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Archive for the ‘satellites’ category

Jul 24, 2022

France’s Eutelsat close to deal for UK satellite operator OneWeb —sources

Posted by in categories: Elon Musk, internet, satellites

LONDON/PARIS, July 24 (Reuters) — French satellite company Eutelsat (ETL.PA) is poised to buy British rival OneWeb in a deal that could be announced as early as Monday, two sources close to the negotiations said on Sunday.

OneWeb was valued at $3.4 billion in its most recent funding round, one of the sources said. Eutelsat already has a 23% stake in OneWeb and is its second-biggest shareholder.

The merger of the two companies would strengthen their position in the race to build a constellation of low-orbit satellites, challenging the likes of Elon Musk-owned SpaceX’s Starlink and Amazon.com Inc’s (AMZN.O) Project Kuiper.

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Jul 24, 2022

CERN tech in space: driven satellite has been successfully launched

Posted by in categories: particle physics, satellites

CELESTA, the first CERN-driven satellite, successfully entered orbit during the maiden flight of Europe’s Vega-C launch vehicle. Launched by the European Space Agency from the French Guiana Space Centre (CSG) at 13.13 UTC on 13 July 2022, the satellite deployed smoothly and transmitted its first signals in the afternoon. Weighing one kilogram and measuring 10 centimetres on each of its sides, CELESTA (CERN latchup and radmon experiment student satellite) is a 1U CubeSat designed to study the effects of cosmic radiation on electronics. The satellite carries a Space RadMon, a miniature version of a well-proven radiation monitoring device deployed in CERN’s Large Hadron Collider (LHC). CELESTA has been sent into an Earth orbit of almost 6,000 kilometres. “Right in the middle of the inner Van Allen belt, CELESTA will survey an unusual orbit where radiation levels are at their highest,” explains Markus Brugger, Head of the CERN Experimental Areas group and initiator of both the CHARM and CELESTA projects in the context of the R2E (Radiation to Electronics) initiative. The Space RadMon is a flagship example of how CERN technologies can have applications beyond particle physics experiments. “Based entirely on standardised, ultra-sensitive components selected and calibrated by CERN, and mostly in CERN facilities, the Space RadMon is a lightweight and low-power instrument, ideal for future risk-tolerant space missions,” says Ruben Garcia Alia, R2E project leader. “If CELESTA is successful, the Space RadMon could even be adapted to satellite constellations as a predictive maintenance tool – to anticipate the necessary renewal of satellites.” A radiation model of the CELESTA satellite was also tested in CHARM, a CERN mixed-field facility capable of reproducing, to a large extent, the radiation environment of low Earth orbit. The mission will be an important validation of this capability at the facility. “Capable of testing satellites all at once, rather than component by component, CHARM is a unique installation worldwide, remarkably different from other irradiation test facilities. It offers a simple, low-cost alternative and the possibility to assess system-level effects,” says Salvatore Danzeca, CHARM facility coordinator. The success of this satellite is the result of a fruitful partnership between CERN and the University of Montpellier, which involved many students from both institutions and radiation effect specialists from CERN. CELESTA is based on the CSUM radiation tolerant platform. It will be operated from the CSUM control centre. The European Space Agency provided the launch slot in the framework of its small satellite programme. “On a mission to make space more accessible, CELESTA is an exciting example of how CERN expertise can have a positive impact on the aerospace industry. With this mission, CERN displays its low-cost solutions for measuring radiation and testing satellites against it – thus providing universities, companies and startups with the means to realise their space ambitions,” concludes Enrico Chesta, CERN’s Aerospace and Environmental Applications Coordinator in the Knowledge Transfer group. Further information: Video of the launch More about the aerospace applications.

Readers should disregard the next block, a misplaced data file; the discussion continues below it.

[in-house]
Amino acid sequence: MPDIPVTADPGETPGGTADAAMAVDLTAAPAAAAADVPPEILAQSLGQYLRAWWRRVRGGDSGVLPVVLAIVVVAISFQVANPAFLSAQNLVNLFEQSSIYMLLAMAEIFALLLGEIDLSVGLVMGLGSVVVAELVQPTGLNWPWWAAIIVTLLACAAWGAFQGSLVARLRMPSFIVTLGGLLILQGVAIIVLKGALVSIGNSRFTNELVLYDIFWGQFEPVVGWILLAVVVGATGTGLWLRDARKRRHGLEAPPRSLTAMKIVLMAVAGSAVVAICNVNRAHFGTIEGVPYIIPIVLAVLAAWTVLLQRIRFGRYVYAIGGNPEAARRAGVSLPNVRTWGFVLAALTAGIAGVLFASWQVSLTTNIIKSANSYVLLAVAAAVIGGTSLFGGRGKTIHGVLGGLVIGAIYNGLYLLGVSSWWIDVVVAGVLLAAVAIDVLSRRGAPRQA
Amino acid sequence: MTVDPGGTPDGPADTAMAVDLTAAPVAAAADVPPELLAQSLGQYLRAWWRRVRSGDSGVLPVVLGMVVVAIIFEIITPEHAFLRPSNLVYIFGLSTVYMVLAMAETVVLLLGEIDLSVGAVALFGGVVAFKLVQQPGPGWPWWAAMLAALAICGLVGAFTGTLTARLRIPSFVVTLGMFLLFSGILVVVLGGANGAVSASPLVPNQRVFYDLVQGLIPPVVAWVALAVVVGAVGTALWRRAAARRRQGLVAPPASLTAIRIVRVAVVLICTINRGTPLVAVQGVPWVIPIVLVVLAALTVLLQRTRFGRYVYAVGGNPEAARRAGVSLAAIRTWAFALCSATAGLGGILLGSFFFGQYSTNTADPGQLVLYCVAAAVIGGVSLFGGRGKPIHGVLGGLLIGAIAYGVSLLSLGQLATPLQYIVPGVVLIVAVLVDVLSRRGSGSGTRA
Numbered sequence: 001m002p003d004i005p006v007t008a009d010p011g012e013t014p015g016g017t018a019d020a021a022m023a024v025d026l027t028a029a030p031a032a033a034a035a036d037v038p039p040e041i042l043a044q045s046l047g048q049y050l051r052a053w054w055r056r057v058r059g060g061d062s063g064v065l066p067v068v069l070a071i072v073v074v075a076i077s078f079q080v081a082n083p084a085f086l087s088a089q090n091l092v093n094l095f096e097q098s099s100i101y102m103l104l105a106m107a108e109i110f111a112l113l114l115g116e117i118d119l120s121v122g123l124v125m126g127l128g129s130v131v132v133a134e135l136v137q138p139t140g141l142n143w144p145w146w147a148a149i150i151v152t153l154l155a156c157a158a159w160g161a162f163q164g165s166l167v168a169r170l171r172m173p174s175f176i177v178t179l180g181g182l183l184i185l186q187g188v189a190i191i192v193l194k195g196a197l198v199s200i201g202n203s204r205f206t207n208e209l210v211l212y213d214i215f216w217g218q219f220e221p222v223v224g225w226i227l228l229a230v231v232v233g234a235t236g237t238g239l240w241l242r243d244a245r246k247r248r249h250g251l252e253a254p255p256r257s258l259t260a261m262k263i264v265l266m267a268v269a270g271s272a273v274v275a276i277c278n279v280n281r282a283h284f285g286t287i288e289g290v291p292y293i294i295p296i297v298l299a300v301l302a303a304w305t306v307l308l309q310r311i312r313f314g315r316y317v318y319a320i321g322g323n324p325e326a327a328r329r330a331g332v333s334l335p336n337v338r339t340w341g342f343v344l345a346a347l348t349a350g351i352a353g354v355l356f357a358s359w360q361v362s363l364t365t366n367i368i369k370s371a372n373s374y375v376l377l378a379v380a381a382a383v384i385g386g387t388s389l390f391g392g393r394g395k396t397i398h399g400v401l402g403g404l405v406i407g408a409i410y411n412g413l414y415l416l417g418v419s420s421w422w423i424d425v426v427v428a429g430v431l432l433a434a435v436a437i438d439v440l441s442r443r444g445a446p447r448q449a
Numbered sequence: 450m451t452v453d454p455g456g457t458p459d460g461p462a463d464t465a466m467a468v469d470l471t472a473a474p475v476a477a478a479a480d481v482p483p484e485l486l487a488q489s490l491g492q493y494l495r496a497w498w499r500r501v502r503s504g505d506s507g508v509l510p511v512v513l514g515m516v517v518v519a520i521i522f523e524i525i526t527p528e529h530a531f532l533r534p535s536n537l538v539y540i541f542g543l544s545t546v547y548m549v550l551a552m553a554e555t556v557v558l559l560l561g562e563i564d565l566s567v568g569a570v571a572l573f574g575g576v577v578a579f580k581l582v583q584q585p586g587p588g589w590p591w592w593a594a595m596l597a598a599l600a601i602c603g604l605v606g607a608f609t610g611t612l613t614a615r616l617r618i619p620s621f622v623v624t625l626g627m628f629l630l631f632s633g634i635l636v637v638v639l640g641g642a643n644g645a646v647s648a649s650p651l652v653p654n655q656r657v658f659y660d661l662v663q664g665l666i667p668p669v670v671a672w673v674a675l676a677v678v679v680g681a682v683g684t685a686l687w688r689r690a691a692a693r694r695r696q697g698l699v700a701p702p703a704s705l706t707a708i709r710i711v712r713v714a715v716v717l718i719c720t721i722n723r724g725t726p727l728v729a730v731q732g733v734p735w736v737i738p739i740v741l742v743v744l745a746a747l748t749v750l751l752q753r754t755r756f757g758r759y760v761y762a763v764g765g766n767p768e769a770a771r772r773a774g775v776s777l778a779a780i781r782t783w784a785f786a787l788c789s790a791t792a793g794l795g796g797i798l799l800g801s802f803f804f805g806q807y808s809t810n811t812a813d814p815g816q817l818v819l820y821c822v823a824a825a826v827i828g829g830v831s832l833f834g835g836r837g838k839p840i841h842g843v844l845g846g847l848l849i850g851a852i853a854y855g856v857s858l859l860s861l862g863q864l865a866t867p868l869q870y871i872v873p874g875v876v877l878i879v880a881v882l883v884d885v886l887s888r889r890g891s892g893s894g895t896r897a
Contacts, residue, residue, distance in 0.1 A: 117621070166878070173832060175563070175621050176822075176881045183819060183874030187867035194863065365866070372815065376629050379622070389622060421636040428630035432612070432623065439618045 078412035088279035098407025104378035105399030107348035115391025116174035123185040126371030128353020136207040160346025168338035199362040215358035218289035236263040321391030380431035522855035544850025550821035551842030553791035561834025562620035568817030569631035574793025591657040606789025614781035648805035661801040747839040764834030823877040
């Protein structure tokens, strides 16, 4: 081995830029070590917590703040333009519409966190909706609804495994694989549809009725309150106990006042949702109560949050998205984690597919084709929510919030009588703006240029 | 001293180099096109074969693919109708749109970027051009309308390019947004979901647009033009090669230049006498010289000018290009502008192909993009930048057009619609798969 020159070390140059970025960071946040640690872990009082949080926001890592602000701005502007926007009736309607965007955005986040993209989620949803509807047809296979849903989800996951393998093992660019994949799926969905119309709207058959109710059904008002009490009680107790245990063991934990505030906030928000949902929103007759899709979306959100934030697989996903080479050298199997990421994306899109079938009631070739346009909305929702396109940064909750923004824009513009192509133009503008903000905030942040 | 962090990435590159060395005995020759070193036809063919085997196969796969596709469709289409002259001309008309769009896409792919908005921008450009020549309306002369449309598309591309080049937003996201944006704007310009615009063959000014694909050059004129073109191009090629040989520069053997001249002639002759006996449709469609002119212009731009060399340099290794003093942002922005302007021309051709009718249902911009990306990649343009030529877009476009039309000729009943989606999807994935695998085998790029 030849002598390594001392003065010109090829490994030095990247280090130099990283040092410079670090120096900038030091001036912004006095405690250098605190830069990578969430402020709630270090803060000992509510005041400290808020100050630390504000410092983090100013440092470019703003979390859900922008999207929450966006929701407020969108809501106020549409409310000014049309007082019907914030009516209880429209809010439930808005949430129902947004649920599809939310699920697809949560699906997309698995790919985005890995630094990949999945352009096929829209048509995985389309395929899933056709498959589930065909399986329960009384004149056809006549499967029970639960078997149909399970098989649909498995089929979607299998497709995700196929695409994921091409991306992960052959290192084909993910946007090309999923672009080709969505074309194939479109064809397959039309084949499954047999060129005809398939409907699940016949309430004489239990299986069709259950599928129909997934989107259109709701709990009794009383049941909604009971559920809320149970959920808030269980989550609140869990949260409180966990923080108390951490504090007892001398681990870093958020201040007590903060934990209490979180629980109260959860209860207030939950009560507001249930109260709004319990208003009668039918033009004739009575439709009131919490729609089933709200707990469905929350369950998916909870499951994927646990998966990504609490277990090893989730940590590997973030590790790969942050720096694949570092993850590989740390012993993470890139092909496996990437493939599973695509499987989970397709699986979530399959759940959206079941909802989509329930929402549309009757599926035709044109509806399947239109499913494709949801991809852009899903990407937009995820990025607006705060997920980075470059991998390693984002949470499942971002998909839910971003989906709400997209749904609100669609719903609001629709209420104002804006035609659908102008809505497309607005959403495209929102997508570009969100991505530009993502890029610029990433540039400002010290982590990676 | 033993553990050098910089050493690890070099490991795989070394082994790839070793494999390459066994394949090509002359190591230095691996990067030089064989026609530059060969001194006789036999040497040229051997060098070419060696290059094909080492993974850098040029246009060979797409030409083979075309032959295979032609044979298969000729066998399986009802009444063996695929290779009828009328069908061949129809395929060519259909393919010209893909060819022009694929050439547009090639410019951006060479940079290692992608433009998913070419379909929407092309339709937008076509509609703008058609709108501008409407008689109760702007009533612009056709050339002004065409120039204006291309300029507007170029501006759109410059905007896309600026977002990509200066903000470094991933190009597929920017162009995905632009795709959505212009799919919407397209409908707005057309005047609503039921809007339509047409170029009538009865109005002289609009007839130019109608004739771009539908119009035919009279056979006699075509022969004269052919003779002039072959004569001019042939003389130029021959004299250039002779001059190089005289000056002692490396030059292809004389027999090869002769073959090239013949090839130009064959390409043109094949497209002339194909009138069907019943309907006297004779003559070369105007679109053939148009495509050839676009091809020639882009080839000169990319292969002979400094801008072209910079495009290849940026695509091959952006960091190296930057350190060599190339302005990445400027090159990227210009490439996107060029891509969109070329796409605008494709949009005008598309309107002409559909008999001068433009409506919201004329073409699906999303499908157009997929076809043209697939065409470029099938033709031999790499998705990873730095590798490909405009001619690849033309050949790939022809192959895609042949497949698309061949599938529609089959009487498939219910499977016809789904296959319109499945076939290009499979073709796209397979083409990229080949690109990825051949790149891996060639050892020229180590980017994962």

Jul 21, 2022

Mushrooms could solve a huge problem in outer space

Posted by in categories: materials, satellites

Circa 2021


Mycelium is very light in weight, it naturally floats on water, it can withstand the cold of space where we don’t have to worry about cold welding, and we can add in fine strains of metal material which is used to transmit almost any type of signal. As you can see, there are numerous reasons why mycelium is quite suitable for our satellites in space, on land, and in the air on its way to space.